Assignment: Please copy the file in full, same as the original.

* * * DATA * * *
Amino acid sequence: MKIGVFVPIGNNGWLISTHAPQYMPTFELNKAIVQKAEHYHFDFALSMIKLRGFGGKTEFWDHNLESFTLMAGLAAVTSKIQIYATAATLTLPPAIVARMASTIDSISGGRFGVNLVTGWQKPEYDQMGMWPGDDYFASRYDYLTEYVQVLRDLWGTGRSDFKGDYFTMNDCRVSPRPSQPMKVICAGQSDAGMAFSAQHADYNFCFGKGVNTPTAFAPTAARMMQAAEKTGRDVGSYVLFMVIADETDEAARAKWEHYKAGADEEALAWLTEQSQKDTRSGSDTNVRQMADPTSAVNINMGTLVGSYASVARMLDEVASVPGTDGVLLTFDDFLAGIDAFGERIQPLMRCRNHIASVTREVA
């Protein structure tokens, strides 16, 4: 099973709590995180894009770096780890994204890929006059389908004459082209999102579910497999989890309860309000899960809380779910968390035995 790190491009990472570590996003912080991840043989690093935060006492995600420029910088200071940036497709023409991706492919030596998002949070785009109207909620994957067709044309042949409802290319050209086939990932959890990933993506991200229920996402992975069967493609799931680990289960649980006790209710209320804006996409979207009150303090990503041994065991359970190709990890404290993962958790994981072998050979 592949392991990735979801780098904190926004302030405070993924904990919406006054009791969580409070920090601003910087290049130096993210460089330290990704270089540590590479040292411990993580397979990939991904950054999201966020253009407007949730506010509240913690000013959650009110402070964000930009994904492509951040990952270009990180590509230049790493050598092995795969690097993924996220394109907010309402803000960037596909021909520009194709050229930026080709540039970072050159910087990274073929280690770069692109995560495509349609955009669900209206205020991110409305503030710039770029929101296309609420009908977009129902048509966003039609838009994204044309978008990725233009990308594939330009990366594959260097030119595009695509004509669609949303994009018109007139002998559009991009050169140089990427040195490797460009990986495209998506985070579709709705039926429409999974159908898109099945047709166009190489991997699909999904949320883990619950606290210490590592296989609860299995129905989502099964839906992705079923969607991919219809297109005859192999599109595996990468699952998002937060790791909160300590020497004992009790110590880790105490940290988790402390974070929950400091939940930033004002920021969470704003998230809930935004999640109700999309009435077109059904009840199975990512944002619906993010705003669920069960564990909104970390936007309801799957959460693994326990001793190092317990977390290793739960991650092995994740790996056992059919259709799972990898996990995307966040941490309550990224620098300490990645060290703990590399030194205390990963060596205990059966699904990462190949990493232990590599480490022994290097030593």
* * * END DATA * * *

Amino acid sequence: MKIGVFVPIGNNGWLISTHAPQYMPTFELNKAIVQKAEHYHFDFALSMIKLRGFGGKTEFWDHNLESFTLMAGLAAVTSKIQIYATAATLTLPPAIVARMASTIDSISGGRFGVNLVTGWQKPEYDQMGMWPGDDYFASRYDYLTEYVQVLRDLWGTGRSDFKGDYFTMNDCRVSPRPSQPMKVICAGQSDAGMAFSAQHADYNFCFGKGVNTPTAFAPTAARMMQAAEKTGRDVGSYVLFMVIADETDEAARAKWEHYKAGADEEALAWLTEQSQKDTRSGSDTNVRQMADPTSAVNINMGTLVGSYASVARMLDEVASVPGTDGVLLTFDDFLAGIDAFGERIQPLMRCRNHIASVTREVA
């Protein structure tokens, strides 16, 4: 099973709590995180894009770096780890994204890929006059389908004459082209999102579910497999989890309860309000899960809380779910968390035995 790190491009990472570590996003912080991840043989690093935060006492995600420029910088200071940036497709023409991706492919030596998002949070785009109207909620994957067709044309042949409802290319050209086939990932959890990933993506991200229920996402992975069967493609799931680990289960649980006790209710209320804006996409979207009150303090990503041994065991359970190709990890404290993962958790994981072998050979 592949392991990735979801780098904190926004302030405070993924904990919406006054009791969580409070920090601003910087290049130096993210460089330290990704270089540590590479040292411990993580397979990939991904950054999201966020253009407007949730506010509240913690000013959650009110402070964000930009994904492509951040990952270009990180590509230049790493050598092995795969690097993924996220394109907010309402803000960037596909021909520009194709050229930026080709540039970072050159910087990274073929280690770069692109995560495509349609955009669900209206205020991110409305503030710039770029929101296309609420009908977009129902048509966003039609838009994204044309978008990725233009990308594939330009990366594959260097030119595009695509004509669609949303994009018109007139002998559009991009050169140089990427040195490797460009990986495209998506985070579709709705039926429409999974159908898109099945047709166009190489991997699909999904949320883990619950606290210490590592296989609860299995129905989502099964839906992705079923969607991919219809297109005859192999599109595996990468699952998002937060790791909160300590020497004992009790110590880790105490940290988790402390974070929950400091939940930033004002920021969470704003998230809930935004999640109700999309009435077109059904009840199975990512944002619906993010705003669920069960564990909104970390936007309801799957959460693994326990001793190092317990977390290793739960991650092995994740790996056992059919259709799972990898996990995307966040941490309550990224620098300490990645060290703990590399030194205390990963060596205990059966699904990462190949990493232990590599480490022994290097030593």